Much more than a beach bar, The Cane Bar offers a relaxed yet sophisticated atmosphere where there are no distractions to take away from the pleasures of sampling premium rums. Located inside the resort’s Great House, the room features a subdued white and pale charcoal design palette. Oversized chairs sit around tables and living room style arrangements provide group settings and the sleek white bar offers alternative seating. Prized artworks hangs on the walls, and the shelves behind the bar are lined with an extensive selection of expertly chosen local and international rums. With many choices on hand there is a professional rummelier to help with your selection. When hunger strikes, a Japanese-inspired menu includes a selection of fresh- catch sashimi and a variety of rolls. Signature dishes include the Caribe Roll, which is wrapped in mango, and the Cane Bar Roll with spicy stone crab and avocado. The bar is open from 6 p.m. to 1 a.m., and you’ll want to leave your beach togs back in the room and dress “smart casual” for the evening.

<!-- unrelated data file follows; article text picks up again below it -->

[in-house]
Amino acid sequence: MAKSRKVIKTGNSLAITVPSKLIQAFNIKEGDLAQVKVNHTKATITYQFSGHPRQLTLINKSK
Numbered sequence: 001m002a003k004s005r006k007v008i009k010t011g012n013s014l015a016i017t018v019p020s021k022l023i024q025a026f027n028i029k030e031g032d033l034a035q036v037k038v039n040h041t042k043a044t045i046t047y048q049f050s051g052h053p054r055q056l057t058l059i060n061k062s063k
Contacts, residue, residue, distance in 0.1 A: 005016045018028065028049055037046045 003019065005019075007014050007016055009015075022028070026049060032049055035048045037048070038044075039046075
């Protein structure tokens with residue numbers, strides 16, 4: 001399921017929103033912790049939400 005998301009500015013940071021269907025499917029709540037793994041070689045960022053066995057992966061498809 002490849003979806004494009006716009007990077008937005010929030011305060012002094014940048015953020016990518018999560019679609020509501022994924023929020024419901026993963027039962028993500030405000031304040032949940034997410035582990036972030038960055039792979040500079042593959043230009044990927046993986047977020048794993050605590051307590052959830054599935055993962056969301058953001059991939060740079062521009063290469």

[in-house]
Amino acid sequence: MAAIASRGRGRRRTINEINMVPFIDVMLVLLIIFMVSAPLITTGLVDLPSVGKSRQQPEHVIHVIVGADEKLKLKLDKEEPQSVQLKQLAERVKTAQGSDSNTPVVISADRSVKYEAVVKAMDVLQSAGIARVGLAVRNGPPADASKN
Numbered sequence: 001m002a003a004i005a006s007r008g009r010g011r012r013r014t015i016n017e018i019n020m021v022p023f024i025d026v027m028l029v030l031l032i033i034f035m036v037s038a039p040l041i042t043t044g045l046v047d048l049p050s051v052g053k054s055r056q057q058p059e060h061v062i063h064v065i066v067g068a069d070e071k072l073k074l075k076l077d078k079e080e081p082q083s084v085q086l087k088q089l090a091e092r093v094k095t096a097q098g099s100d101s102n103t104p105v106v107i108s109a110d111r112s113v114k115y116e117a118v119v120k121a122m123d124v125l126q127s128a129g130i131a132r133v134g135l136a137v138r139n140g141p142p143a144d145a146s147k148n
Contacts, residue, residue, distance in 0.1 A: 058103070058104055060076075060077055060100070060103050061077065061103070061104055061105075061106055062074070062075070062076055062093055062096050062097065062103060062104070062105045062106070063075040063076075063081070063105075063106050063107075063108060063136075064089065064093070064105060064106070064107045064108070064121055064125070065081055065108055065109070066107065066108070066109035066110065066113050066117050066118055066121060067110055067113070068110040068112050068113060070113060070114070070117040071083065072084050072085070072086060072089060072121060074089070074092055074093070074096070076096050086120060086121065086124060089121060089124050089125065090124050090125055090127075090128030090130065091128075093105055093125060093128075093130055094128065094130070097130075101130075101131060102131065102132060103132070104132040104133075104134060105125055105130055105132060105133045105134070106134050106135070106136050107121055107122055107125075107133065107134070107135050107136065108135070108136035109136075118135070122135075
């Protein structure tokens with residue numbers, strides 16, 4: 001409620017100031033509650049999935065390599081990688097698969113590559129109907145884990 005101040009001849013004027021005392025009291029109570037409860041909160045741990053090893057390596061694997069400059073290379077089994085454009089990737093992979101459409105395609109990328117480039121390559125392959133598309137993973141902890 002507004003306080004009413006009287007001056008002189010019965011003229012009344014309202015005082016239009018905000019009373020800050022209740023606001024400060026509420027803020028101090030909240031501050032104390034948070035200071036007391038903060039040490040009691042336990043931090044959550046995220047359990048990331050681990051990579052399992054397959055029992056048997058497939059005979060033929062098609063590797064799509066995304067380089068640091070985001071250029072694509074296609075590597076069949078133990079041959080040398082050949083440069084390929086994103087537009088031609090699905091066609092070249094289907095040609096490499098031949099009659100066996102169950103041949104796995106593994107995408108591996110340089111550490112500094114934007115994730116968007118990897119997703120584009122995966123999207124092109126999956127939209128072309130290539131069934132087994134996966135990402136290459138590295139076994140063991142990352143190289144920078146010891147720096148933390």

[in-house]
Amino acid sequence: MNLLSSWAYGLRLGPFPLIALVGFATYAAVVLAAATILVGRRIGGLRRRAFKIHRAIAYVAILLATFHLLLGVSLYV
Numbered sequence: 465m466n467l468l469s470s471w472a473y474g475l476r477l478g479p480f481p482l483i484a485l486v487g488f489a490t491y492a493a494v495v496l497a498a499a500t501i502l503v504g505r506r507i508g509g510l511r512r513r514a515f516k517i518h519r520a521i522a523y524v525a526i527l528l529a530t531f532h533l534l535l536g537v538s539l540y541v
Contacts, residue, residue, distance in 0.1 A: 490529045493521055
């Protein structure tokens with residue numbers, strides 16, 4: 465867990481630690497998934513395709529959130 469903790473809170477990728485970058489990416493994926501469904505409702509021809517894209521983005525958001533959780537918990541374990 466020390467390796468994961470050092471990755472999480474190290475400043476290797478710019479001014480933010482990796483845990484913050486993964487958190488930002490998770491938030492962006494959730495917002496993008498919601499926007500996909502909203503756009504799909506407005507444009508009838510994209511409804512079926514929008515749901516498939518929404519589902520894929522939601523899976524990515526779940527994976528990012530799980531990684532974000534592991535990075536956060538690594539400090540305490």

St Lucia Rum Bar

Subdued colors lend a sophisticated ambiance to The Cane Bar at St. Lucia’s Sugar Beach resort, where vintage and small-batch rums are featured. Photo: Sugar Beach

Rhum Room at Zemi Beach House, Anguilla

One of the newest and now most popular boutique resorts in the Caribbean boasts Anguilla’s first rum bar. The design of the Rhum Room at Zemi blends modern accents with classic Caribbean architectural details to create a sophisticated yet beach-ready vibe. This setting is enhanced by the natural backdrop of Shoal Bay East, which has been called one of the world’s best beaches. The bar features over 100 small-batch, single-estate rums selected to showcase the breadth and diversity of the Caribbean’s distilling traditions. Guests can delve into the world of rum by sampling the curated Rhum Flight, which includes a selection of rums assembled by the house rummelier. The inventory includes bottles of Appleton Estate 50 Year Old, of which only 800 bottles are available to the public worldwide. Also in the collection is Clément Cuvée Homère, the highest rated vintage rum in the past 15 years, and the recently released premium Brugal Papá Andrés, which is a handcrafted blend created by master blender Maestros Roneros.